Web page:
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Divers, Marion Teresa (2014) SOURCES AND DYNAMICS OF REACTIVE NITROGEN TO AN URBAN WATERSHED. Doctoral Dissertation, University of Pittsburgh. (Unpublished)

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Excess nitrate contributes to the overall degraded quality of streams in densely populated, human-engineered regions, compounding existing problems of pollution in urban landscapes. Urban watersheds receive and export reactive nitrogen (Nr) from a myriad of sources, including sewage, vehicular emissions, stationary source emissions, and lawn fertilizers, whereas forested systems receive Nr from atmospheric deposition and in-situ soil microbial communities. These sources are likely concentrated in urban areas, with the result that urban watersheds can contribute significant amounts of Nr to downstream waterways. Excess nitrogen contributes to downstream eutrophication of water bodies, as seen in large bays and estuaries such as the Chesapeake Bay and Gulf of Mexico. The excess Nr loadings from urban areas will likely increase in the future, as fossil fuel emissions are expected to rise and infrastructure such as sewer networks are expected to degrade over time. Identifying, quantifying, and understanding Nr in urban ecosystems is essential to success in efforts to manage and mitigate as future urban growth is realized.

Stable isotope analysis of nitrogen and oxygen in nitrate is an effective method of providing information about Nr sources and reactions in many ecosystems. Nitrate-nitrogen is persistent in the environment, easily transported via hydrological pathways, and has detrimental ecological effects. This work presents a comprehensive analysis of the sources and fluxes of nitrate to Nine Mile Run, an urban stream in Pittsburgh PA. Inverse modeling methods are used to estimate the extent of sewage leaking from the impaired pipe system and indicate DIN contributions from sewage range from 6 to 14 kg ha-1yr-1. Further, this work reveals that rates of DIN retention in NMR are 84%, on the high end of rates observed in other suburban/urban watersheds. Dual-isotope analysis of nitrate in water samples demonstrates during stormflows that proportionally, atmospheric deposition contributes 22% of nitrate to streamwater, and sewage contributes the remainder. Triple oxygen isotope analysis is used to unequivocally quantify the contributions of atmospheric deposition on streamwater nitrate in urban streams, with flux calculations using this technique indicating higher ADN export than observed through dual-nitrate isotope analysis.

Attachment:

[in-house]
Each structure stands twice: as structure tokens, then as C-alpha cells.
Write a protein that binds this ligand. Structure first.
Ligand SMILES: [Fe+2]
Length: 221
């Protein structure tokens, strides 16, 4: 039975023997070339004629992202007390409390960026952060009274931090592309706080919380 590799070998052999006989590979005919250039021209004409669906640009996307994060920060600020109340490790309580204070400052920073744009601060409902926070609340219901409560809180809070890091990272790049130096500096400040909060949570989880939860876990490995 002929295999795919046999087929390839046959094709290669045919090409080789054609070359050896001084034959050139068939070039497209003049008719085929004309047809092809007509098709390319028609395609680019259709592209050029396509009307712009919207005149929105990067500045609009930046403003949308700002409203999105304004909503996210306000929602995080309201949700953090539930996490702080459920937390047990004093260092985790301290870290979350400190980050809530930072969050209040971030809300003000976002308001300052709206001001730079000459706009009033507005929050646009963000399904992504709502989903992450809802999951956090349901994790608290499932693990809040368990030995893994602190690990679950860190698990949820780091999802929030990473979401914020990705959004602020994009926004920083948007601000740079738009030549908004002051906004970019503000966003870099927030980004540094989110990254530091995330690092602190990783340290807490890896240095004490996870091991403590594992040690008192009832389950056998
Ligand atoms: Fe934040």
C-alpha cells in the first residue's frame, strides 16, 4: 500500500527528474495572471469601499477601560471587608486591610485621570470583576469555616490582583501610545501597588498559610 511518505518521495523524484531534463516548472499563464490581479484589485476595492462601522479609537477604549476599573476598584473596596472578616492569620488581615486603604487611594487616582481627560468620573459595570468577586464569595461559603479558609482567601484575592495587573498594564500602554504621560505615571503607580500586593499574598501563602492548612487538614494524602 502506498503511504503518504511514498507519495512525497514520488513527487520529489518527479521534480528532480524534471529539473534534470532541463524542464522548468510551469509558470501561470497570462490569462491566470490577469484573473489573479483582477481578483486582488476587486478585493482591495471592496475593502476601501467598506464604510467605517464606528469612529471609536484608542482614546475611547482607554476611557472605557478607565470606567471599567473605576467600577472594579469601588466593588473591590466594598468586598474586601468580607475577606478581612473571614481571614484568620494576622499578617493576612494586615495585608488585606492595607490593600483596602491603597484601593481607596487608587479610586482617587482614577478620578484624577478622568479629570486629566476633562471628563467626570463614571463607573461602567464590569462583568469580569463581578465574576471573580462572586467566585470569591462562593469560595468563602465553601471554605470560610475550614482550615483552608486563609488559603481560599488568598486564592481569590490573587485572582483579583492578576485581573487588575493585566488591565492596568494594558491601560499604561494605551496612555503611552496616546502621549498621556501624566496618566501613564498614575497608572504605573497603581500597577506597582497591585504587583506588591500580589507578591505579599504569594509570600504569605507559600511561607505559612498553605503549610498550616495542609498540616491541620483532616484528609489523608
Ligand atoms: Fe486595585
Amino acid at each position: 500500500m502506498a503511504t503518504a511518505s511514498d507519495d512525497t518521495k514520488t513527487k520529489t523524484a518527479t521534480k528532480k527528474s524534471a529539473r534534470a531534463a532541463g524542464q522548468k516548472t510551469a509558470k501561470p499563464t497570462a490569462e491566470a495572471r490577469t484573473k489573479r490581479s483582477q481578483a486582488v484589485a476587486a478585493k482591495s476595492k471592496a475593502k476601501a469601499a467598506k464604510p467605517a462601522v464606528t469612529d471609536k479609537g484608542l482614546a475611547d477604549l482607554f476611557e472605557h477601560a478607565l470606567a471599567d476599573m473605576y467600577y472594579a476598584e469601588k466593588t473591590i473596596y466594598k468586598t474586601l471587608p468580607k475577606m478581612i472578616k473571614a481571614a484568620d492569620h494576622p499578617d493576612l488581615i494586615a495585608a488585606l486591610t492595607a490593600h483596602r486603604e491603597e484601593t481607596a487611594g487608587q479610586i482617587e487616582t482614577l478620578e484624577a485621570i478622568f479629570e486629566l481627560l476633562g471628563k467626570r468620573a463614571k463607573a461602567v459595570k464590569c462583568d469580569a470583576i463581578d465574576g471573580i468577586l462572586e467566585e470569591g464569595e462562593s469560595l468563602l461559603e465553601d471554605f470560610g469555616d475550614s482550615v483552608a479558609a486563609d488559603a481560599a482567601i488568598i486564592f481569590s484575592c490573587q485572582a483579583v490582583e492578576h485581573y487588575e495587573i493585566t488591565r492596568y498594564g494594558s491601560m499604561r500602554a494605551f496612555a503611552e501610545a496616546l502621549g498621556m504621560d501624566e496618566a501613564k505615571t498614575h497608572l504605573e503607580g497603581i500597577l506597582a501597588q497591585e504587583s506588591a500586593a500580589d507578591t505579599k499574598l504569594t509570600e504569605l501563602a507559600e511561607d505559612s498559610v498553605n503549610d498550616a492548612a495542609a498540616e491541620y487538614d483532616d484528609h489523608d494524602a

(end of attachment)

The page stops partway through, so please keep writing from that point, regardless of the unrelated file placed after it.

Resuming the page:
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Item Type: University of Pittsburgh ETD
Status: Unpublished
CreatorsEmailPitt UsernameORCID
Divers, Marion
ETD Committee:
TitleMemberEmail AddressPitt UsernameORCID
Committee ChairElliott, Emilyeelliott@pitt.eduEELLIOTT
Committee MemberBain, Danieldbain@pitt.eduDBAIN
Committee MemberVanBriesen,
Committee MemberCapo, Rosemaryrcapo@pitt.eduRCAPO
Committee MemberAnderson, Thomastaco@pitt.eduTACO
Date: 28 January 2014
Date Type: Publication
Defense Date: 21 November 2013
Approval Date: 28 January 2014
Submission Date: 5 December 2013
Access Restriction: 5 year -- Restrict access to University of Pittsburgh for a period of 5 years.
Number of Pages: 176
Institution: University of Pittsburgh
Schools and Programs: Dietrich School of Arts and Sciences > Geology and Planetary Science
Degree: PhD - Doctor of Philosophy
Thesis Type: Doctoral Dissertation
Refereed: Yes
Uncontrolled Keywords: Urban Watershed; Nitrogen; Dual-nitrate isotopes; Mass-independent Oxygen Isotopes; Reactive Nitrogen; Urban Nutrient Surces
Date Deposited: 28 Jan 2014 19:25
Last Modified: 28 Jan 2019 06:15


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